NIGHT clubs, pubs and live music are all back on the cards following months of closures due to Covid-19.
We're all too familiar with the ringing noise that loud music or chatter can leave in our ears, but what happens when the irritating hum in your head just won't go away?
A ringing, hissing or buzzing in the ear is known as tinnitus and around 10 per cent of adults in the UK are thought to suffer with the condition.
While it's a common condition, there is another less-understood condition that a smaller proportion of Brits can also experience called The Hum.
The Hum happens when people experience a low-frequency sound.
It is thought around 4 per cent of the world’s population experience The Hum.
Gordon Harrison, Specsavers chief audiologist, explains more about the phenomenon, and what can be done to help.
What causes The Hum?
Gordon says: "This is always an interesting question, but it can never be put down to just one answer.
"Of course, there can be a background electrical hum from certain devices such as fridges and older TVs, but usually they will only be heard when you are in the vicinity of the device.
"Most people will habituate to them as they are generally not interesting and not threatening."
He explained that if you are put in an anechoic chamber (a room designed to completely absorb reflections of either sounds or electromagnetic waves) many people report hearing a hum from their ears which is different to a more traditional sound.
Gordon added: "The ears can generate sounds of their own, known as otoacoustic emission, that can be measured – although you would not expect people to hear these sounds in normal life."
Another response, Gordon says, is that some people actually tune in to specific sounds.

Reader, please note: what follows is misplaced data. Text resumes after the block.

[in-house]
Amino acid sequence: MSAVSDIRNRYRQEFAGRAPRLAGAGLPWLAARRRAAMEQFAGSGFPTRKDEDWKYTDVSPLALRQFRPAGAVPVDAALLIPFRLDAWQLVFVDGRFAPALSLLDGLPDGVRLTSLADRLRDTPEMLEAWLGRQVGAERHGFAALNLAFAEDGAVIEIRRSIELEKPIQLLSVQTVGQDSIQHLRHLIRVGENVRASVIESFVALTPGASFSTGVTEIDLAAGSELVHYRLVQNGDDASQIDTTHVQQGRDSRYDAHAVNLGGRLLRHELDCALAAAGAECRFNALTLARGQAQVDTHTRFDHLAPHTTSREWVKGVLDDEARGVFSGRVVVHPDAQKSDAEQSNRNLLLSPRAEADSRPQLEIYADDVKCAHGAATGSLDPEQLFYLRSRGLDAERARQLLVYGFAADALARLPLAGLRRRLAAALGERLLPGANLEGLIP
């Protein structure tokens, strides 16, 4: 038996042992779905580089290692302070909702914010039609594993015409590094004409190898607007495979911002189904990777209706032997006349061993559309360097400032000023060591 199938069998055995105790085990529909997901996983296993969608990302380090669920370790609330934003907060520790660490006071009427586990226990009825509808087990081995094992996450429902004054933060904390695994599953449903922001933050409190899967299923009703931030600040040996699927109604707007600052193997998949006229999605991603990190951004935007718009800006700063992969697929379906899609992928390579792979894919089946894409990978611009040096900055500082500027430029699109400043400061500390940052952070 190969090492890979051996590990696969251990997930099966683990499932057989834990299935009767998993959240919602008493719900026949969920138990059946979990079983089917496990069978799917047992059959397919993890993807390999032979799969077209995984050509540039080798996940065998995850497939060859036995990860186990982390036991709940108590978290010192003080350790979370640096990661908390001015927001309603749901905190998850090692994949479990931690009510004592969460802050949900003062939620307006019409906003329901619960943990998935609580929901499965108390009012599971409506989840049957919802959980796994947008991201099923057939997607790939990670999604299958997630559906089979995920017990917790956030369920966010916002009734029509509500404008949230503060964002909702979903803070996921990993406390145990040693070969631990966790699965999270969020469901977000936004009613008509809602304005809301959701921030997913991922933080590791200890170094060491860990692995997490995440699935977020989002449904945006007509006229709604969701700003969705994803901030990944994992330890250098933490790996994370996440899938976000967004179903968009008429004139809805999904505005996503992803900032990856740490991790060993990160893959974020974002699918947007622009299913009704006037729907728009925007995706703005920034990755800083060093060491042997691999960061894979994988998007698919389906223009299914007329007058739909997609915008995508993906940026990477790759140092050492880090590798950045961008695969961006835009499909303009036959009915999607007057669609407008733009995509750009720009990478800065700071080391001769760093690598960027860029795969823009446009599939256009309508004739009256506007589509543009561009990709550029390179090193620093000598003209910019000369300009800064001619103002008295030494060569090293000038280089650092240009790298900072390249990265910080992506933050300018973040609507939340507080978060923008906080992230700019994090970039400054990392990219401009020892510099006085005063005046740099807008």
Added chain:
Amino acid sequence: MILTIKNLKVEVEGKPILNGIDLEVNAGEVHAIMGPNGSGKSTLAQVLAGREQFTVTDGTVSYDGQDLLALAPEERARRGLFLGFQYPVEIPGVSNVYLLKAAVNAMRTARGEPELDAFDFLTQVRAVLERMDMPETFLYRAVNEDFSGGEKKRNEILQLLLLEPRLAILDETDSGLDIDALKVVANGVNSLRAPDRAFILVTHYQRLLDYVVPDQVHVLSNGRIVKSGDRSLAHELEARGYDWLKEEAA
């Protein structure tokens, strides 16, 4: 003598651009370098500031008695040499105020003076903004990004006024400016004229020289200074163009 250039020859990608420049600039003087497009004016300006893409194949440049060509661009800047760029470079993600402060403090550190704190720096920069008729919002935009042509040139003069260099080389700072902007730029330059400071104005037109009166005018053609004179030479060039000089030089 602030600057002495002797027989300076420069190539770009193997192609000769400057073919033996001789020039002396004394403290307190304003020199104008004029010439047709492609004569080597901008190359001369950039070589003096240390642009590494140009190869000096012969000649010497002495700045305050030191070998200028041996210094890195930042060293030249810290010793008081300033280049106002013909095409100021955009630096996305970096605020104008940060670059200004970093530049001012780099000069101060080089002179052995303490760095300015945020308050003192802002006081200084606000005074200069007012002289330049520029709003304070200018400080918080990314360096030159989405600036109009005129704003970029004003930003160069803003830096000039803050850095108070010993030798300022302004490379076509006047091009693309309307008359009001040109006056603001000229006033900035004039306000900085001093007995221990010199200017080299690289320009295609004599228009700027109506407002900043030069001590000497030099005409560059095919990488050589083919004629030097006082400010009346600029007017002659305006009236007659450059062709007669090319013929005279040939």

He added: "This is usually linked to their fight or flight reflex where once a sound is noticed an explanation is sought.
"If this does not happen, in some instances the person will get more anxious or concerned ad the body’s endorphin response can increase stress levels."
How to help The Hum
While it might seem obvious – if you are experiencing any issues with your ears which affect how well you can hear then you should go and get a hearing assessment.
Audiologists will be able to discuss your specific needs, but you can also speak to your GP.
If you do chose to speak to an audiologist, after your test you will be given specific individual advice to meet your hearing needs.
Gordon added: "Similar to tinnitus, people who hear ‘the hum’ can find that sound therapy such as using background noise can help to reduce the perceived affect.
"Relaxation techniques and CBT can also be beneficial too."
CBT (Cognitive Behavioural Therapy) is a type of talking therapy, which aims to help people manage their problems by changing the way they think.
The therapy is based on the concept that thoughts, feelings, physical sensations and actions are all interconnected – and negative thoughts can trap you in a vicious cycle.
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